The Muvāyirappaṭi Guruparamparāprabhāva by Brahmatantra Svatantra Jīyar represents the earliest Vadakalai biography, and reflects the Vadakalai view of the succession following Ramanuja. Ārāyirappaṭi Guruparamparāprabhāva, on the other hand, represents the Tenkalai biography. Other late biographies include the Yatirajavaibhavam by Andhrapurna.

The Sri Vaisnava tradition attributes nine Sanskrit texts to Ramanuja – Vedārthasangraha (literally, “Summary” of the “Vedas meaning”), Sri Bhāshya (a review and commentary on the Brahma Sutras), Bhagavad Gita Bhāshya (a review and commentary on the Bhagavad Gita), and the minor works titled Vedāntadipa, Vedāntasāra, Gadya Trayam (which is a compilation of three texts called the Saranāgati Gadyam, Sriranga Gadyam and the Srivaikunta Gadyam), and Nitya Grantham.

Some scholars have questioned the authenticity of all but the three of the largest works credited to Ramanuja – Shri Bhāshya, Vedārthasangraha and the Bhagavad Gita Bhāshya.

Ramanuja’s philosophical foundation was qualified monism, and is called Vishishtadvaita in the Hindu tradition.His ideas are one of three subschools in Vedānta, the other two are known as Ādi Shankara’s Advaita (absolute monism) and Madhvāchārya’s Dvaita (dualism).

Ramanuja accepted that the Vedas are a reliable source of knowledge, then critiqued other schools of Hindu philosophy, including Advaita Vedānta, as having failed in interpreting all of the Vedic texts.[57] He asserted, in his Sri Bhāshya, that purvapaksin (previous schools) selectively interpret those Upanishadic passages that support their monistic interpretation, and ignore those passages that support the pluralism interpretation.[57] There is no reason, stated Ramanuja, to prefer one part of a scripture and not other, the whole of the scripture must be considered on par. One cannot, according to Ramanuja, attempt to give interpretations of isolated portions of any scripture. Rather, the scripture must be considered one integrated corpus, expressing a consistent doctrine.[57] The Vedic literature, asserted Ramanuja, mention both plurality and oneness, therefore the truth must incorporate pluralism and monism, or qualified monism.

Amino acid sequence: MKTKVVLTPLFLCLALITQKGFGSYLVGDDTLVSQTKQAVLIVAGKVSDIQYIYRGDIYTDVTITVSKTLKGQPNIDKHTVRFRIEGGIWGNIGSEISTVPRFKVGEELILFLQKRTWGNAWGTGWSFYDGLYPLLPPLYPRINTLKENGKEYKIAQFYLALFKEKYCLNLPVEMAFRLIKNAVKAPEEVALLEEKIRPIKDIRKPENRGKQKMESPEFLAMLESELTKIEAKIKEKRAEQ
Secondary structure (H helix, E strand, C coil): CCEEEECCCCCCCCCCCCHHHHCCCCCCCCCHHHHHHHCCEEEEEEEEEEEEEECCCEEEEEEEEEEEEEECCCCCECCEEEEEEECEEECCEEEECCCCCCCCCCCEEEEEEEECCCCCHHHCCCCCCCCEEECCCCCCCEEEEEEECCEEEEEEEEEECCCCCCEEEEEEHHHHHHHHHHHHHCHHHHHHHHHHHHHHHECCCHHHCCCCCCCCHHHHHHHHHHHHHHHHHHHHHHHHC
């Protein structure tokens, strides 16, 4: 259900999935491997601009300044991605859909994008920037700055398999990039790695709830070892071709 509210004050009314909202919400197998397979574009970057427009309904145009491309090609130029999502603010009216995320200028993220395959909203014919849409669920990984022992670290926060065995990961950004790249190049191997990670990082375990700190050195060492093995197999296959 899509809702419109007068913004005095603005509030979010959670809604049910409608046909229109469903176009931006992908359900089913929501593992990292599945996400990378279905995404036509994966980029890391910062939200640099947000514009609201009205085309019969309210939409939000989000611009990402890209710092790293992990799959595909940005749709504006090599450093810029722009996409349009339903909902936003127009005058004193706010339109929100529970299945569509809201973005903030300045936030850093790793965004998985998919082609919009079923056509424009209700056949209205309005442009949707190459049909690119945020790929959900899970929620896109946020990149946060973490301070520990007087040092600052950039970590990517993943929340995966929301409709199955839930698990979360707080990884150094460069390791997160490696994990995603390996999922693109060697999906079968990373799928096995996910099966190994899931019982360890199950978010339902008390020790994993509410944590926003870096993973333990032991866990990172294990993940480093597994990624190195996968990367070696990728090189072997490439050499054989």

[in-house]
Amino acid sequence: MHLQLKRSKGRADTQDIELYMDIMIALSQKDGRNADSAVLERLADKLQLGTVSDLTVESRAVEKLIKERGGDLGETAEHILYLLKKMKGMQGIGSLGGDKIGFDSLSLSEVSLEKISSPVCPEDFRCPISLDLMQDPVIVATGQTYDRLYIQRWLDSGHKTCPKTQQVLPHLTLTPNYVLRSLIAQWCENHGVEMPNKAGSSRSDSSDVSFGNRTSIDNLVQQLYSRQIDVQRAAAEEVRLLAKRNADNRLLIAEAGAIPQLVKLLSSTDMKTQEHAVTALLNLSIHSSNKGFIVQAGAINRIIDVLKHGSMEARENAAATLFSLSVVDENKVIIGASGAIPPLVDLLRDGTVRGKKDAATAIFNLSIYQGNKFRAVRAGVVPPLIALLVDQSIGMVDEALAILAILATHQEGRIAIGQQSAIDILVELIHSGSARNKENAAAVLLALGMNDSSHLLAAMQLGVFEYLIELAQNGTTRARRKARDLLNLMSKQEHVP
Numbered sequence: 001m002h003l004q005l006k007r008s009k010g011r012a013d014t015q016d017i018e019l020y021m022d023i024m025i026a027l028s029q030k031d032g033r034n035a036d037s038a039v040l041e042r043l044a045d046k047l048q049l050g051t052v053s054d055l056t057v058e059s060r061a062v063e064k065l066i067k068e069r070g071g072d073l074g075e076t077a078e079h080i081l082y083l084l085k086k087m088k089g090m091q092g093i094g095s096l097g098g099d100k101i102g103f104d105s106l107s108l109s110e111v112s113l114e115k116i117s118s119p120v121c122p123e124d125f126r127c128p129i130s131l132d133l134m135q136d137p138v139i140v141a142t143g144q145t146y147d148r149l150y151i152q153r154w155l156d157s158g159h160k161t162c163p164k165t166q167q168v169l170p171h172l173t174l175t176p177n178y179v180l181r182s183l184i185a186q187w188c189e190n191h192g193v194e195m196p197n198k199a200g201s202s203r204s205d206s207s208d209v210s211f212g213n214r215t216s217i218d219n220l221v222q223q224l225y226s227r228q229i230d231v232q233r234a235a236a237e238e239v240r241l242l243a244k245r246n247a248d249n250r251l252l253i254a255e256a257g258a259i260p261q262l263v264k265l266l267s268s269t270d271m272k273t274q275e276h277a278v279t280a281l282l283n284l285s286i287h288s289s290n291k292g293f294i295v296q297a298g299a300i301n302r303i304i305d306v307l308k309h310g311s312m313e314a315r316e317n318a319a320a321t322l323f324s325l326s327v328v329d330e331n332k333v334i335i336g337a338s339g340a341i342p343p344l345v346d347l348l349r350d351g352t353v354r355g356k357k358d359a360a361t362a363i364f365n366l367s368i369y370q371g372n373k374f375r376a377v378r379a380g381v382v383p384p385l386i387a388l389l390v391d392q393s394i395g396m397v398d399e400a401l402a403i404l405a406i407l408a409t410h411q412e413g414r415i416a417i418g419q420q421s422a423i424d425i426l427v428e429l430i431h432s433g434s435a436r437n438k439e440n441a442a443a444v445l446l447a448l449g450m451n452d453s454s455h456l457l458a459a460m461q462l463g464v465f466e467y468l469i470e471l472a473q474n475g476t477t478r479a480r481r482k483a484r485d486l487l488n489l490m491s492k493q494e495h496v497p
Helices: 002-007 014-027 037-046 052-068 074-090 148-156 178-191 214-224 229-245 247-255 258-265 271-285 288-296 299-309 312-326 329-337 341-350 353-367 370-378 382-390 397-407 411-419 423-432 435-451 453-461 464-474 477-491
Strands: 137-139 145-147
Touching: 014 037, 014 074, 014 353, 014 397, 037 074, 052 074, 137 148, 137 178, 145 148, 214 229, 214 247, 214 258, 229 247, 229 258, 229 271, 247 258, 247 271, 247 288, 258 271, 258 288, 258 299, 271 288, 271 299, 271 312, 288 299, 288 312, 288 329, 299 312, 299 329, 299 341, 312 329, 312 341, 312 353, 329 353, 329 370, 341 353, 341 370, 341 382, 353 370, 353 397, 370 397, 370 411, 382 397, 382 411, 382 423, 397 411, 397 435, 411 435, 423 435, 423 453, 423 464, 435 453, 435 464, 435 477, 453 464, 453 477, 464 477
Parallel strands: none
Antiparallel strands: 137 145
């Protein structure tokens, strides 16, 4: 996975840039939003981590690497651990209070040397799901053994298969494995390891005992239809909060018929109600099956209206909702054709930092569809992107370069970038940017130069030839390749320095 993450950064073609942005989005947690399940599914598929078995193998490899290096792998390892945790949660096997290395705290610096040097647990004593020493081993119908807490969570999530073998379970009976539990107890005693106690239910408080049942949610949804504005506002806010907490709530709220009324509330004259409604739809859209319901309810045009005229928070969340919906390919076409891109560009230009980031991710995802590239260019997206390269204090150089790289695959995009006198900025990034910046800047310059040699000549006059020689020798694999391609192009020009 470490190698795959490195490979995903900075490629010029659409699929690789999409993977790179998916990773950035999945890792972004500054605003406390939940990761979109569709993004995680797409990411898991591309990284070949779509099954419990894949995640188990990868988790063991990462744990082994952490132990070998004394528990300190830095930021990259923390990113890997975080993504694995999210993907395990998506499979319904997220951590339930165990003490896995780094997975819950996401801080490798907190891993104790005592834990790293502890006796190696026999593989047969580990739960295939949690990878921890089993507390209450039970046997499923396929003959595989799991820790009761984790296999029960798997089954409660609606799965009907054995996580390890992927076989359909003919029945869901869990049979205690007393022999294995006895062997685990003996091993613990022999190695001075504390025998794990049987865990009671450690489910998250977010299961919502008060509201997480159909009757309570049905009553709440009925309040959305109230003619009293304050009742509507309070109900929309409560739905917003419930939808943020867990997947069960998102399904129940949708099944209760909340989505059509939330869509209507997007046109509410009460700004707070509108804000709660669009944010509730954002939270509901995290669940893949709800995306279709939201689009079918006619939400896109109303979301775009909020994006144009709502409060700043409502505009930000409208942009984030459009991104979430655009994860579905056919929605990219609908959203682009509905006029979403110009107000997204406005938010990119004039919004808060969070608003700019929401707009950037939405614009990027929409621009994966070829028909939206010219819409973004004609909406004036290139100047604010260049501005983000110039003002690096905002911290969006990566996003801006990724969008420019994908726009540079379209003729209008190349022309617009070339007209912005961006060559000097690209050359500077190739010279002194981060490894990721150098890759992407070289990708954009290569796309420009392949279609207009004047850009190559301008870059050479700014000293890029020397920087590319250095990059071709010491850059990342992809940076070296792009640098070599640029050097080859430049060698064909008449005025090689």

This method of scripture interpretation distinguishes Ramanuja from Ādi Shankara. Shankara’s exegetical approach Samanvayat Tatparya Linga with Anvaya-Vyatireka,states that for proper understanding all texts must be examined in their entirety and then their intent established by six characteristics, which includes studying what is stated by the author to be his goal, what he repeats in his explanation, then what he states as conclusion and whether it can be epistemically verified., Not everything in any text, states Shankara, has equal weight and some ideas are the essence of any expert’s textual testimony. This philosophical difference in scriptural studies, helped Shankara conclude that the Principal Upanishads primarily teach monism with teachings such as Tat tvam asi, while helping Ramanuja conclude that qualified monism is at the foundation of Hindu spirituality.